I am stunned to read that Mr. Rangel believes Downey should become the next San Francisco so he can be proud of the city in which he chooses to raise his kids. Seriously? I, for one, would love to see a Downey Chick-Fil-A and whether or not you agree with their position on same-sex marriage, everyone who believes in the freedom of speech should be decrying Boston and Chicago for their egregious abuse of power. Alaina Niemann Downey

Dear Editor: Mr. Rangel does not reflect my opinion nor the opinion of many in Downey. We do want a Chick-Fil-A restaurant.

No one dares to disparage those who want the Muslim Sharia law because of fear. However, they feel free to put down Christians, who biblically believe that homosexuality is wrong. I consider that discrimination.

Those who wish not to patronize a business for any reason - feel free, but don't prevent those who want to from doing so. It's called freedom of choice. I choose to support Chick-Fil-A, so my tax money will go to the city where they do business.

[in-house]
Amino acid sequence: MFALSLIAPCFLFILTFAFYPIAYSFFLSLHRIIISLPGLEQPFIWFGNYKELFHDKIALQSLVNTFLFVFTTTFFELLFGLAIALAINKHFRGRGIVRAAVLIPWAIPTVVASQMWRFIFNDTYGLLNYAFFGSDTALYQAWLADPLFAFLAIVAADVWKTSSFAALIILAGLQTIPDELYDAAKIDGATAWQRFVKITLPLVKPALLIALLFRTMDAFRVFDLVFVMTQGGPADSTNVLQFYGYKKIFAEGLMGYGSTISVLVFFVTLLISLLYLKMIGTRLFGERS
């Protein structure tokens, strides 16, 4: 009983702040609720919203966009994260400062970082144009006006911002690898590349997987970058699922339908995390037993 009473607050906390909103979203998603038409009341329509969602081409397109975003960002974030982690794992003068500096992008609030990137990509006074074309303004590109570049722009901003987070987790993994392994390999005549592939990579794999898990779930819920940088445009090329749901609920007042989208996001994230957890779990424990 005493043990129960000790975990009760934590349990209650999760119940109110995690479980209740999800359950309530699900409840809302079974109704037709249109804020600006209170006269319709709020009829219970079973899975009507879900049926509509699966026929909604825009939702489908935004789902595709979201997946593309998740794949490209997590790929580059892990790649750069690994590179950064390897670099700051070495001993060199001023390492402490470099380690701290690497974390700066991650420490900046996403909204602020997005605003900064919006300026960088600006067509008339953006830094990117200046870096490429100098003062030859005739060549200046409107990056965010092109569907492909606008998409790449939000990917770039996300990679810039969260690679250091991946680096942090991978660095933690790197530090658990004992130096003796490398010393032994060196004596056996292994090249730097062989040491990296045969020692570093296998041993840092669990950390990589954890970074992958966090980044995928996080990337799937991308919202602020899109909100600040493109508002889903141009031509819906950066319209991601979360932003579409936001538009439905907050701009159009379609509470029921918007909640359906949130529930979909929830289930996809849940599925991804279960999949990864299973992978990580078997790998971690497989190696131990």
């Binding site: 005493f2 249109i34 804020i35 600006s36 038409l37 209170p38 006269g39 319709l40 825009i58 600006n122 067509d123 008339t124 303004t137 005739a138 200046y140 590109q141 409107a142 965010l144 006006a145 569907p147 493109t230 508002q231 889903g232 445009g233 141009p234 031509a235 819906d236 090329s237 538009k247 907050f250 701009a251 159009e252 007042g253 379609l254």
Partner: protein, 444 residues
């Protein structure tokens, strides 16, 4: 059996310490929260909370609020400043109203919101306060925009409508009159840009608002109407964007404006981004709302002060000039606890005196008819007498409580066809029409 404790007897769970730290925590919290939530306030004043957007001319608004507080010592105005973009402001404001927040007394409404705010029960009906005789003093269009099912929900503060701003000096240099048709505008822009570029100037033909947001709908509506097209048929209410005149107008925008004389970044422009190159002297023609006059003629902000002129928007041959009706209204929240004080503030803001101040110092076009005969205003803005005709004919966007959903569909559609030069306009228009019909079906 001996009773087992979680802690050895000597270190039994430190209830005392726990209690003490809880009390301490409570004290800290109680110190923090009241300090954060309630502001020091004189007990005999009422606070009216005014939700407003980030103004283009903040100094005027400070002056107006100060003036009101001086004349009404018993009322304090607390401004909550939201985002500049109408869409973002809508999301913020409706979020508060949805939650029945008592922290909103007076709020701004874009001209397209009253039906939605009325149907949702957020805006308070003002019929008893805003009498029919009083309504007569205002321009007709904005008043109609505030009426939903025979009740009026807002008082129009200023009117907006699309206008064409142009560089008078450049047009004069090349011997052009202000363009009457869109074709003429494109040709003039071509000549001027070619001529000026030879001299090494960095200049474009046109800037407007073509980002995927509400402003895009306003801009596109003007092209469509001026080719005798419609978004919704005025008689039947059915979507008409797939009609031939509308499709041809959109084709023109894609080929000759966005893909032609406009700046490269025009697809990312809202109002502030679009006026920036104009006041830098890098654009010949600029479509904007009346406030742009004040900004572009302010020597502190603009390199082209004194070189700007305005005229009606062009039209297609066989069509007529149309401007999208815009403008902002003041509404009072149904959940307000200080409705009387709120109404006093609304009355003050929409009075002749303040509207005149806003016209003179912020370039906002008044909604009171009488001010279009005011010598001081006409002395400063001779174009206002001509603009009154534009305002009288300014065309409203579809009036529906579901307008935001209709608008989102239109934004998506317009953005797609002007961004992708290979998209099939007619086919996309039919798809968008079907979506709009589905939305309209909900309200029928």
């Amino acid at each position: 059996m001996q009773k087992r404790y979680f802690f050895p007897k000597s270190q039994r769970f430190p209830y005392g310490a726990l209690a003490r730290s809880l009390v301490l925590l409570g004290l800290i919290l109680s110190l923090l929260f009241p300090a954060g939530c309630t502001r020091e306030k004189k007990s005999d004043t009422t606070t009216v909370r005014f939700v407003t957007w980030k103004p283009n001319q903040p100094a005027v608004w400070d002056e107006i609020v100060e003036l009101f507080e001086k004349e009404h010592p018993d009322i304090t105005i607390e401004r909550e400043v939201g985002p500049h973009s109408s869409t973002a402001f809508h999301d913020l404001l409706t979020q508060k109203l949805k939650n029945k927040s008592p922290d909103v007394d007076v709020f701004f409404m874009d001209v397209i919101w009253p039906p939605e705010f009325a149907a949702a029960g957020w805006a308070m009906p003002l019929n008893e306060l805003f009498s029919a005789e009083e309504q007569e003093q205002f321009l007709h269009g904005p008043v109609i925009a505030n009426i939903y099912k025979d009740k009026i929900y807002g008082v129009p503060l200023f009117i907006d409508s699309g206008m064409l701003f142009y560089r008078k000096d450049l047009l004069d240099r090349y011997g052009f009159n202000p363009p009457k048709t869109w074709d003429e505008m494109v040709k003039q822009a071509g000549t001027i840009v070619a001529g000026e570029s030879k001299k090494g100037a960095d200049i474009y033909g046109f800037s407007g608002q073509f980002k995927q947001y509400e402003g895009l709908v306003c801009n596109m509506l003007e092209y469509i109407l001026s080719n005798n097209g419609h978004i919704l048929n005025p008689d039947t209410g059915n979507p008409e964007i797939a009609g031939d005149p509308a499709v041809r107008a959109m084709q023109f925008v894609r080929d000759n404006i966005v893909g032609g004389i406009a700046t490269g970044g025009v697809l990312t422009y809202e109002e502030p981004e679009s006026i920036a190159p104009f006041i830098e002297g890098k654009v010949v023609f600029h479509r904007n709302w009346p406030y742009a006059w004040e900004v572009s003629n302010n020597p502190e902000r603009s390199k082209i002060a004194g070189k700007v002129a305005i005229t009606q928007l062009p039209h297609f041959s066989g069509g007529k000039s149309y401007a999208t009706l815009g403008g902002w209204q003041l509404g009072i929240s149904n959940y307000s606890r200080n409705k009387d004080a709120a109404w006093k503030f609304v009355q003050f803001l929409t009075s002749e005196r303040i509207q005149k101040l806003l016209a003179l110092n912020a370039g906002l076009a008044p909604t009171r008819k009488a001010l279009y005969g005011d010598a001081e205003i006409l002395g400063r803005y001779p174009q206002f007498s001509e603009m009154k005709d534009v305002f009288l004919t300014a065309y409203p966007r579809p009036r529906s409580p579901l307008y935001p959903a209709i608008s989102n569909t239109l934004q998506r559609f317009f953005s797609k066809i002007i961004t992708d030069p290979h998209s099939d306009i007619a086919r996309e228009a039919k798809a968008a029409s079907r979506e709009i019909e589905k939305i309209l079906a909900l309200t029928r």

Who has Chick-Fil-A discriminated against? They serve anyone. This company will generate jobs and taxes. Chick-Fil-A's CEO just supports marriage between a man and a woman. Betty Logan Downey

Dear Editor: Ignorance is a lack of knowledge, and Mr. Rangel's letter is full of it.

First, it is irresponsible and false to say Chick-Fil-A "promotes hate and inequality." During my visits and personal experience at the restaurant, all I am told is "What would you like, sir?" That's it. Nowhere (and never) in conversation or in print material is it stated that the restaurant has a position on same-sex marriage vs. traditional marriage, nor do they make any public statements on gay issues.